Comsonics Sniffer Sleuth was originally developed as an electronic leak detector for the cable industry. The same technology that can locate a damaged TV cable can discern the different cellular frequencies assigned for Continue reading
(Ed. note: Richard of BlueSheepdog.com and GunsHolstersandGear.com was kind enough to review this ammunition for me. He is a true gentleman, experienced law enforcement officer and writer, and a really bad joke teller.)
Knocking someone through a plate glass window with a single shot from a pistol is the stuff of TV fantasy. Handgun ammo is just not that powerful. In fact, pistol calibers are generally considered marginal for stopping a violent attacker when compared to rifle and shotgun loads.
Even so, there are definitely differences between handgun ammunition designs that can affect how quickly an attacker is stopped when shot. Some rounds have built reputations as being effective on the street, while others have been dubbed “widow makers” because of the poor results experienced by the officers relying on them.
Liberty Ammunition is a Florida company building unconventional ammunition for self-defense. The company’s Civil Defense line of handgun ammo uses a variety of techniques to create significant wound channels that are likely to quickly incapacitate an attacker.
Generally, Liberty Ammunition uses lighter-than-typical bullet weights in each caliber. This allows the bullets to be driven to much higher velocities while still staying within the pressure specifications set out by the Sporting Arms and Ammunition Manufacturers’ Institute (SAAMI.)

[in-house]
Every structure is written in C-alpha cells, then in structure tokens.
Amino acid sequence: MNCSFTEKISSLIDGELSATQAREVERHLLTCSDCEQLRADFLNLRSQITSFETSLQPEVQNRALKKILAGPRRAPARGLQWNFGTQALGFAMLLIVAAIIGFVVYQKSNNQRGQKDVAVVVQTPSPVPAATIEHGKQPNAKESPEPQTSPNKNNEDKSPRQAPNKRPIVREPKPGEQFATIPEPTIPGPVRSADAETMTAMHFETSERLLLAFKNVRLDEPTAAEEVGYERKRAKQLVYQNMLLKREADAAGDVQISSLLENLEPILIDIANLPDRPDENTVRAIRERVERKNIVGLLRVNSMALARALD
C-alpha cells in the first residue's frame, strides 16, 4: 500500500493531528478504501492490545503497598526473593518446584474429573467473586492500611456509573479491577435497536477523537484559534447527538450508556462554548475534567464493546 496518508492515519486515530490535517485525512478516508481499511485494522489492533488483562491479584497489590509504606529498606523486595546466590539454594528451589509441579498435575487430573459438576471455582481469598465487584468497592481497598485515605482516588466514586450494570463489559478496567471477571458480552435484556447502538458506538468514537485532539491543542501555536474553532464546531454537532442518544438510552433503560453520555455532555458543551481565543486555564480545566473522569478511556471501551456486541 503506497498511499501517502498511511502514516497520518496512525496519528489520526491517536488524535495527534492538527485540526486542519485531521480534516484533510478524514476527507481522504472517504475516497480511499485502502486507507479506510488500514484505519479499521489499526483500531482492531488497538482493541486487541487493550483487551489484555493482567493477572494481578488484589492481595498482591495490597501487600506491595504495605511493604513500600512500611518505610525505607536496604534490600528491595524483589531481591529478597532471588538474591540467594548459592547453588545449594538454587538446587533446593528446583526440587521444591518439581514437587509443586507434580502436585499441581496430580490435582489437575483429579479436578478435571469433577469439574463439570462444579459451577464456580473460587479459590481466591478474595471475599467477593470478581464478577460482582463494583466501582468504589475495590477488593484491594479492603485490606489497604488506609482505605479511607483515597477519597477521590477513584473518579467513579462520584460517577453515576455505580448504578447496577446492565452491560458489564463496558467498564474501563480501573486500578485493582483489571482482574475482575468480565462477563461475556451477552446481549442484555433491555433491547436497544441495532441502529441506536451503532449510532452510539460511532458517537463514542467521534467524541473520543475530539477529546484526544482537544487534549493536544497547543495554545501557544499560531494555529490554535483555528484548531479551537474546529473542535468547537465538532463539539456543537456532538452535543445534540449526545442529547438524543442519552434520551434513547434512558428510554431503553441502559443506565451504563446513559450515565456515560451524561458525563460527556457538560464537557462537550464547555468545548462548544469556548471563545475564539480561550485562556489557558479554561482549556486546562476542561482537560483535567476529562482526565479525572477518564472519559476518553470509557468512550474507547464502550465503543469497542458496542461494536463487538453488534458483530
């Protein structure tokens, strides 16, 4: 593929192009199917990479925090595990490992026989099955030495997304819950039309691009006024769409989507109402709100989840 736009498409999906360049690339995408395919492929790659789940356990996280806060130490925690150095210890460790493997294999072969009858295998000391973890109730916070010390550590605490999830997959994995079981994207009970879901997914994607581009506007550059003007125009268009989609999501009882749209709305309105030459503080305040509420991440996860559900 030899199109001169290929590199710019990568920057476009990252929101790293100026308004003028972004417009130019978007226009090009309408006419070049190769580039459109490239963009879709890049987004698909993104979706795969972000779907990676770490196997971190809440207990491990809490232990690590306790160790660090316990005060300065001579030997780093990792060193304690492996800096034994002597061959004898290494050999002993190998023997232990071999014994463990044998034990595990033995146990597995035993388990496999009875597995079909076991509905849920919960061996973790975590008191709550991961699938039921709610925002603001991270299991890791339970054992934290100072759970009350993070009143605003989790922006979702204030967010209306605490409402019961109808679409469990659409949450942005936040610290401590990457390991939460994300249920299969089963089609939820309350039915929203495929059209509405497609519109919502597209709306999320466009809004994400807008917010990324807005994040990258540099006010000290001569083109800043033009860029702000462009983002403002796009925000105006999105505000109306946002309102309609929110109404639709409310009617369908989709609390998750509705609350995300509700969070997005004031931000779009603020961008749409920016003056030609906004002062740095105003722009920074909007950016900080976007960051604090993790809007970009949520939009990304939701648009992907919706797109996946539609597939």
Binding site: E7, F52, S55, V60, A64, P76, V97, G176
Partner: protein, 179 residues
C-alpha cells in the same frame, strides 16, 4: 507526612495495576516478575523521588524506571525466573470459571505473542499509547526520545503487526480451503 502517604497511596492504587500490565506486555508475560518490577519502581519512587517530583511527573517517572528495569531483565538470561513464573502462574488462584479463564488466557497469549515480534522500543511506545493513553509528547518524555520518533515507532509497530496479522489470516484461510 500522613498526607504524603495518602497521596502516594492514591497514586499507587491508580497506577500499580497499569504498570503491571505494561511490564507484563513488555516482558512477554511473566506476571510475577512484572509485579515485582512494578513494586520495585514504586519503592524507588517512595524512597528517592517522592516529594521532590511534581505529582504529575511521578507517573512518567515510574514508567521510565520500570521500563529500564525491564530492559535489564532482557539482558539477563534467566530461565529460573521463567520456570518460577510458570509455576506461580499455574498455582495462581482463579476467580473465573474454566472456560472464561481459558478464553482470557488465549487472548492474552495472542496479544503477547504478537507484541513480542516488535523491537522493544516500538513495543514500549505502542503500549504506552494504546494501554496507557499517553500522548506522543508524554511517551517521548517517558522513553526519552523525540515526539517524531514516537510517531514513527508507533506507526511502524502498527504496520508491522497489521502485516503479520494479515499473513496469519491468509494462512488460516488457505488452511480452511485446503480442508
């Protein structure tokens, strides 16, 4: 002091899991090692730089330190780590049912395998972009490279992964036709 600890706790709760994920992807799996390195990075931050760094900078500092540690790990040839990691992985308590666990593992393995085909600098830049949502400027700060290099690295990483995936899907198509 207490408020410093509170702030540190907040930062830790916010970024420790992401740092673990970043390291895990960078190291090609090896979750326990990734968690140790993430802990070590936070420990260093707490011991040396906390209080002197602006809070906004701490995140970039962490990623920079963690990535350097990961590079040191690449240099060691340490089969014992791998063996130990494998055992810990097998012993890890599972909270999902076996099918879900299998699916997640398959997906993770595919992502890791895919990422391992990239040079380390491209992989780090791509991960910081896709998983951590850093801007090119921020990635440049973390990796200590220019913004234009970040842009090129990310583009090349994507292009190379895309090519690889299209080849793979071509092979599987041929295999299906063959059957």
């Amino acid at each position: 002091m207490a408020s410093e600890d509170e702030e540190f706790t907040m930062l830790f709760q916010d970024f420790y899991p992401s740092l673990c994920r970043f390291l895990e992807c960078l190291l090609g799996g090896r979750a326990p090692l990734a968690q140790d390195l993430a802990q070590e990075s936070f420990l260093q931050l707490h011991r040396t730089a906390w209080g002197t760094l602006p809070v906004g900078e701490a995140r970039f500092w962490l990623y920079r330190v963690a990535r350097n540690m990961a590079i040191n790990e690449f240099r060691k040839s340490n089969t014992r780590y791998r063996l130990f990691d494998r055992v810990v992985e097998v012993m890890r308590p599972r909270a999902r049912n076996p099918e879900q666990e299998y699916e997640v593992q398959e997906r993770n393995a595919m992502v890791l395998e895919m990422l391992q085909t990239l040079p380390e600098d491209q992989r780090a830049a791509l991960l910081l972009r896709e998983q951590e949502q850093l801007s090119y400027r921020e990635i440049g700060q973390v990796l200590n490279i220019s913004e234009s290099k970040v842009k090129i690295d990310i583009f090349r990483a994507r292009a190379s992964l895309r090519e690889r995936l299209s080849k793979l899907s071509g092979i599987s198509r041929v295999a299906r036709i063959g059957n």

Energy can be described as the potential amount of work done. Since the energy is measured as the mass times the square of the velocity, dropping the bullet weight while increasing the speed can actually produce a load that has more energy than a conventional load design. The idea is the more energy a bullet has, the more work – or damage – it can do to the attacker.
The Civil Defense line of ammunition uses solid copper hollowpoint bullets that are Continue reading
I found this information in a post on the Pinellas County Victim Rights Coalition website. It should be of particular interest to the parents of children under 16 years of age. The new law will enable a parent to put a “security freeze” on their child’s personal identification information to prevent criminals from opening illegal lines of credit in the child’s name. This legislation is sorely needed, especially as we are currently witnessing an unprecedented spike in frauds committed through identity and account thefts.